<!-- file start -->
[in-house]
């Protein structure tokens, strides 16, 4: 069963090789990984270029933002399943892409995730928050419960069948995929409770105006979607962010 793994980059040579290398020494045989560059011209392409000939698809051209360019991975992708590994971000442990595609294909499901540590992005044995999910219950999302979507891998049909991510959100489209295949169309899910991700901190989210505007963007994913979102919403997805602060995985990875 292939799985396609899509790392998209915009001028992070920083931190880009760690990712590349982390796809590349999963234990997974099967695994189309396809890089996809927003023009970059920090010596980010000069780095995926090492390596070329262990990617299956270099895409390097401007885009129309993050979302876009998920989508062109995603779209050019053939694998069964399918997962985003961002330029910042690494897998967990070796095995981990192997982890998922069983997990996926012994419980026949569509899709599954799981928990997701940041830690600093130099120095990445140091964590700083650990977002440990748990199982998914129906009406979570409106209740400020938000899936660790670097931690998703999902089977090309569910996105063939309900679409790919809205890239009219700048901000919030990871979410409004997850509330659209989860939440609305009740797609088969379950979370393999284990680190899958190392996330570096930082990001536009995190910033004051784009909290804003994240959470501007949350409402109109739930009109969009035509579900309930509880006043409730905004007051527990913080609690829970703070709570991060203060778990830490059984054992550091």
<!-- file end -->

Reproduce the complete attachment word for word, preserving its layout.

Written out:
[in-house]
């Protein structure tokens, strides 16, 4: 069963090789990984270029933002399943892409995730928050419960069948995929409770105006979607962010 793994980059040579290398020494045989560059011209392409000939698809051209360019991975992708590994971000442990595609294909499901540590992005044995999910219950999302979507891998049909991510959100489209295949169309899910991700901190989210505007963007994913979102919403997805602060995985990875 292939799985396609899509790392998209915009001028992070920083931190880009760690990712590349982390796809590349999963234990997974099967695994189309396809890089996809927003023009970059920090010596980010000069780095995926090492390596070329262990990617299956270099895409390097401007885009129309993050979302876009998920989508062109995603779209050019053939694998069964399918997962985003961002330029910042690494897998967990070796095995981990192997982890998922069983997990996926012994419980026949569509899709599954799981928990997701940041830690600093130099120095990445140091964590700083650990977002440990748990199982998914129906009406979570409106209740400020938000899936660790670097931690998703999902089977090309569910996105063939309900679409790919809205890239009219700048901000919030990871979410409004997850509330659209989860939440609305009740797609088969379950979370393999284990680190899958190392996330570096930082990001536009995190910033004051784009909290804003994240959470501007949350409402109109739930009109969009035509579900309930509880006043409730905004007051527990913080609690829970703070709570991060203060778990830490059984054992550091």